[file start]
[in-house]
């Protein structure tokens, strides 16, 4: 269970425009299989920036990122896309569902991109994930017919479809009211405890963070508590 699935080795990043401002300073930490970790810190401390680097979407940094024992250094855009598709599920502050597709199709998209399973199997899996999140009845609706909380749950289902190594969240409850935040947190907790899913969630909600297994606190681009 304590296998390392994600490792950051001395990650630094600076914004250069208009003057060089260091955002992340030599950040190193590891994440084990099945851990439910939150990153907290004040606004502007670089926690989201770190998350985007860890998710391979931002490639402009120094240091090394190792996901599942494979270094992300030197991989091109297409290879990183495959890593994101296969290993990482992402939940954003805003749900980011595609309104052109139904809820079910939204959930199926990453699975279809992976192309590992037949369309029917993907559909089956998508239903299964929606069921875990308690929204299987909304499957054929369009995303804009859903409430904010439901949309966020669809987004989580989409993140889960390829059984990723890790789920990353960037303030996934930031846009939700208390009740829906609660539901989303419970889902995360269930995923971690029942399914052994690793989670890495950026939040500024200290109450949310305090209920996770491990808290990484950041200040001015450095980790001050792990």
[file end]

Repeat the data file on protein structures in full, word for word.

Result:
[in-house]
């Protein structure tokens, strides 16, 4: 269970425009299989920036990122896309569902991109994930017919479809009211405890963070508590 699935080795990043401002300073930490970790810190401390680097979407940094024992250094855009598709599920502050597709199709998209399973199997899996999140009845609706909380749950289902190594969240409850935040947190907790899913969630909600297994606190681009 304590296998390392994600490792950051001395990650630094600076914004250069208009003057060089260091955002992340030599950040190193590891994440084990099945851990439910939150990153907290004040606004502007670089926690989201770190998350985007860890998710391979931002490639402009120094240091090394190792996901599942494979270094992300030197991989091109297409290879990183495959890593994101296969290993990482992402939940954003805003749900980011595609309104052109139904809820079910939204959930199926990453699975279809992976192309590992037949369309029917993907559909089956998508239903299964929606069921875990308690929204299987909304499957054929369009995303804009859903409430904010439901949309966020669809987004989580989409993140889960390829059984990723890790789920990353960037303030996934930031846009939700208390009740829906609660539901989303419970889902995360269930995923971690029942399914052994690793989670890495950026939040500024200290109450949310305090209920996770491990808290990484950041200040001015450095980790001050792990």